COLLEGE STATION – More than 100 former Texas A&M University Summer Horsemanship School instructors gathered as part of a reunion weekend to celebrate 46 consecutive years of the program at Texas A&M University.
The event was held on the university campus and included guests of honor B.F. Yeates, Dr. Pete Gibbs and Dr. Gary Potter, all former founders/directors of the program that began in the 1970s.
“This was the first-ever instructor reunion for the Summer Horsemanship School Program and a wonderful opportunity to reconnect 46 years of instructors,” said Chelsie Huseman, Texas A&M
AgriLife Extension Service horse program specialist in College Station. “Our goal was to bring back those who have been a part of this storied program for several decades and bring together new and old to celebrate this important educational program, which continues to contribute greatly to the equine industry in Texas.”
The weekend included tailgating and a Texas A&M baseball game. Attendees also toured the Thomas G. Hildebrand, DVM ’56 Equine Complex and attended a Kentucky Derby Run for the Roses banquet. The banquet program included a welcome by Dr. Parr Rosson, AgriLife Extension interim director, as well as historical perspectives on the horsemanship schools by Yeates and Potter, along with an overview of the current Summer Horsemanship School Program by Huseman and Gibbs.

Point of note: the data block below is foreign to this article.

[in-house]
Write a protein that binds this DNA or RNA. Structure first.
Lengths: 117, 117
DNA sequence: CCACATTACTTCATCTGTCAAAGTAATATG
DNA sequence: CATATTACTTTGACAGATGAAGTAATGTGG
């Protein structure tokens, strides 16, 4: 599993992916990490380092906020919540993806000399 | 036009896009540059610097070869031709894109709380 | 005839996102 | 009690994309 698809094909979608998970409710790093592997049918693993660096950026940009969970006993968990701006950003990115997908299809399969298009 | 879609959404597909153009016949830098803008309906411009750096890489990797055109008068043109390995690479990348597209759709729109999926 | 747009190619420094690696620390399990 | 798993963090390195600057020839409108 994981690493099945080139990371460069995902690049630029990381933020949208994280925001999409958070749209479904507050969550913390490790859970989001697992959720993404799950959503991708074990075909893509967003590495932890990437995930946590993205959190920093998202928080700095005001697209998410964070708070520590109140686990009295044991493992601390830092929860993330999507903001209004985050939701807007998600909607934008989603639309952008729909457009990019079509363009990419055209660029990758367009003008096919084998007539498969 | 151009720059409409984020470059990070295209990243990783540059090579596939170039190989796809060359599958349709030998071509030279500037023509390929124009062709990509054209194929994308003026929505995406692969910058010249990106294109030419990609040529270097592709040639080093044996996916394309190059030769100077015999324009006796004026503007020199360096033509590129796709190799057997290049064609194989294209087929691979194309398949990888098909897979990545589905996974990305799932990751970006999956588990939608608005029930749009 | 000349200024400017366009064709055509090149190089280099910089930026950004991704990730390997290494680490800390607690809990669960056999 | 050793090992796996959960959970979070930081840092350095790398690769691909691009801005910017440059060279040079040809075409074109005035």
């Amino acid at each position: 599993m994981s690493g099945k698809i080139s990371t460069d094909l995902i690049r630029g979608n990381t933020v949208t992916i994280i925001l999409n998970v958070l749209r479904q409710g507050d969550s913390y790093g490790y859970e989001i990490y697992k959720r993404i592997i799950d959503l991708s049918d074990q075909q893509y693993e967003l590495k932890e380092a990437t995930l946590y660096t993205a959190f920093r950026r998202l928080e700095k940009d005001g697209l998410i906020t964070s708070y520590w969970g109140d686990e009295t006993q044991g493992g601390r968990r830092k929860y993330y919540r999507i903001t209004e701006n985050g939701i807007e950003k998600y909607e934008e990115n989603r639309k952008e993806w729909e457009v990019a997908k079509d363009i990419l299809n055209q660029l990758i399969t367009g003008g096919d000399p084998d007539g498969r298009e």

Huseman also announced the start of a new program, Texas A&M International Horsemanship, which offers Summer Horsemanship School student instructors the opportunity to teach horsemanship internationally. The program’s first trip was to Beijing in March. Zach Haydon, ag systems management major, was the first Summer Horsemanship School instructor to participate in this new initiative.
The weekend activities also included celebrating and honoring the retirement of Dr. Martha Vogelsang, longtime equine faculty member in the department of animal science.
Now entering its 46th year of offering Summer Horsemanship Schools in Texas, the series offers both fun and educational opportunities to strengthen the foundation of horsemanship and develop advanced riding skills in youth and adults alike. Summer Horsemanship Schools can be hosted by any group in the state of Texas, including county programs, 4-H clubs, and horse associations. The schools are designed to deliver relevant and helpful information to all levels and ages of horseman. Participants gain valuable riding and horse management knowledge, Huseman said.
For more information about hosting a Summer Horsemanship School or about becoming a student instructor for the program, visit https://animalscience.tamu.edu/livestock-species/equine/summer-horsemanship/.